Yes, but that money is not going into shareholders’ pockets. It can be used by the Foundation to support its mission.

        Also, its seems Google is its primary sponsor:

        Google is the primary customer. It pays Mozilla, and in return, Mozilla sends people to Google Search.

        It also doesn’t really matter, since you don’t need that argument: Google is already a browser vendor as well. And the same question holds: what commercial benefit do they stand to gain, and how? I also still haven’t seen an answer to that question about Mozilla.

        Also your post orginated from Mozilla. org. People keep sending mozilla links in their remarks to prove their point; but it is actually validating my concern more and more

        Are you saying that Mozilla lied, and that those European experts and organisations did not actually sign that letter? Because it’s easy to just search for their name + eidas and verify their actual stance. For example, I just did that for EDRi, whose stance is here:

        In the full paper we also explain how the proposal could break web security by forcing government access to the security systems of web browsers, which would have devastating consequences.

        (That is not a Mozilla link, btw. Mozilla’s website is just an easy place to link to since it has rallied people around the cause and aggregated their voices to a single place, but it refers to a very diverse group of actors, many of whom have no financial benefit to gain. Whereas the lobbying group you’re linking to is just representing a group of CAs.)

    • kbal@kbin.melroy.org
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      Some people want to legally compel your web browser to trust ssl cert authorities blessed by national governments, even if they become untrustworthy.

      • Riddick3001@lemmy.worldOP
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        Actually, it seems that eIDAS 2.0 won’t do that for webbrowsers, as I recently learned from EU comments on that issue.

        But you prefer that a commercial US company issues them likeDigiCert ?

          • Riddick3001@lemmy.worldOP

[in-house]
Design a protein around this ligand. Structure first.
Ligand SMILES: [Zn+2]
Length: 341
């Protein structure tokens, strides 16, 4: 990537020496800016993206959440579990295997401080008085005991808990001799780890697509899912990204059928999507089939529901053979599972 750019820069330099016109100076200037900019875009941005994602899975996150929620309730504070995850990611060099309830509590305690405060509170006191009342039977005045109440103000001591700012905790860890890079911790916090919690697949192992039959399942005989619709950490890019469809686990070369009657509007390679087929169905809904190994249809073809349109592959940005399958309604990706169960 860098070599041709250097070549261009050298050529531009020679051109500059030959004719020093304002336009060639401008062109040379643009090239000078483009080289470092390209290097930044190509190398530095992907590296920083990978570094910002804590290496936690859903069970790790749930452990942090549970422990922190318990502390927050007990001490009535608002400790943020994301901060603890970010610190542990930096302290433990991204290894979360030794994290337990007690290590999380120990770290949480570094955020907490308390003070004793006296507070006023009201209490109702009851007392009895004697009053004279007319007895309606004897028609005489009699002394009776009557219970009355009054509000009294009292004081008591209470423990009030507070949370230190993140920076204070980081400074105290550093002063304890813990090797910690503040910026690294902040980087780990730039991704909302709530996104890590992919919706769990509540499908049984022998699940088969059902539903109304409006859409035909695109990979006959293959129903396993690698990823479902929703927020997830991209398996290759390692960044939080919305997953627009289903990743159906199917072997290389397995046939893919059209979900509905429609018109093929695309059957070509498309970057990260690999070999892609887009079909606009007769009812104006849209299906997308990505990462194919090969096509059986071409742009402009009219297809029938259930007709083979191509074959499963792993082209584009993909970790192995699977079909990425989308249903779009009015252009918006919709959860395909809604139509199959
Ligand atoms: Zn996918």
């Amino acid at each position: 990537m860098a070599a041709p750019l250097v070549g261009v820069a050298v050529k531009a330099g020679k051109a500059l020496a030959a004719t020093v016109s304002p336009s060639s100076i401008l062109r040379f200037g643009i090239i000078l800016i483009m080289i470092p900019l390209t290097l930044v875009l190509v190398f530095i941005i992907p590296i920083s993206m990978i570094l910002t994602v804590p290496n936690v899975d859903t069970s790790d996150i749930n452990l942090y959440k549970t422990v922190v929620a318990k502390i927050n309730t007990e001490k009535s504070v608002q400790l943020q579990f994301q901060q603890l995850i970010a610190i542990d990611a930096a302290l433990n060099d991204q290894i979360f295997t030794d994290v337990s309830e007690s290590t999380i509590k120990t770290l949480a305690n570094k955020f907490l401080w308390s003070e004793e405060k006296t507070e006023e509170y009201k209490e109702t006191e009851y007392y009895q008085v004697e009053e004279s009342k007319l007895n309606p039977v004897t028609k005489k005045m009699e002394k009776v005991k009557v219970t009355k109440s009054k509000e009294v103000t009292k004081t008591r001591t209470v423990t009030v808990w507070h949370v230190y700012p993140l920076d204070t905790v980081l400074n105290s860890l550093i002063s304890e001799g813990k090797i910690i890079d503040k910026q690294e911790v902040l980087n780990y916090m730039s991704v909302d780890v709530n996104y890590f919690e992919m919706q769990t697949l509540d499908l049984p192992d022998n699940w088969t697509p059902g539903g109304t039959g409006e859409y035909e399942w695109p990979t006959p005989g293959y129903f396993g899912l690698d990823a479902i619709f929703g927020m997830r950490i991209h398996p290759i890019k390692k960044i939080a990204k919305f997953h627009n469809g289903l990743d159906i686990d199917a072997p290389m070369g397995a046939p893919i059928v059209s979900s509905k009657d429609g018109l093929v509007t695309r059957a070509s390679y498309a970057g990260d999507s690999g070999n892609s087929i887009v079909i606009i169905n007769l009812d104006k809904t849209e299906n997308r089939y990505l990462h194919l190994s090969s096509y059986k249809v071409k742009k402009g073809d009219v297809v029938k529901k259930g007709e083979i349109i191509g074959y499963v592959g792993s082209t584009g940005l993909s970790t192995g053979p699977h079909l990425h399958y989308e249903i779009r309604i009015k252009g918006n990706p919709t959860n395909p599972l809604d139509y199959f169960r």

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            " Lawmakers in Europe are expected to adopt digital identity rules that civil society groups say will make the internet less secure and open up citizens to online surveillance."

            Also the Register literally quotes mozilla " As Firefox maker Mozilla put it:

            This enables the government of any EU member state to issue website certificates for interception and surveillance which can be used against every EU citizen, even those not resident in or connected to the issuing member state. There is no independent check or balance on the decisions made by member states with respect to the keys they authorize and the use they put them to."

            Why are you using US sites for EU legislation? Here the current state of affairs. Its an ongoing process.

            Revision of the eIDAS Regulation – European Digital Identity (EUid)*

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              The Reg is not a USA-based publication. There are an abundance of non-Mozilla sources on this topic, some of which it links to. Mozilla is not some sinister conspiracy. I don’t know what motivates your crusade against them. Possibly the same kind of disinformation that some of the more optimistic eIDAS proponents hope it can somehow prevent.

              • Riddick3001@lemmy.worldOP
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                I don’t know what motivates your crusade against them.

                I am not. I just wonder why, mozilla seems to be the major source of most publications against the eIDAS.

                I thought my intro was fairly nuanced and contextual. I was looking for other and new viewpoints towards the eIDAS discussion, which are not using or quoting mozilla and art 45. Or sources with a different opinion or take on the matter.

                Mozilla is not some sinister conspiracy.

                Never said it was. I like privacy that’s why I’m concerned and interested.

                But the ESD experts did say it was misinformation, and like they claim mozilla is being payed by Google according to wiki and pc magazine

                But apperantly you trust mozilla more though they just follow a business model. So maybe its all about trust. I will remain critical and see how it develops.

  • Riddick3001@lemmy.worldOP
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    Context and FYI, official eIDAS site

    The eIDAS Regulation:

    • ensures that people and businesses can use their own national electronic identification schemes (eIDs) to access public services available online in other EU countries;
    • creates a European internal market for trust services by ensuring that they will work across borders and have the same legal status as their traditional paper based equivalents.

    There is and was also critique see this post and some reactions there. Especially, check the open letters ( eg. open letter ) from privacy watchdogs.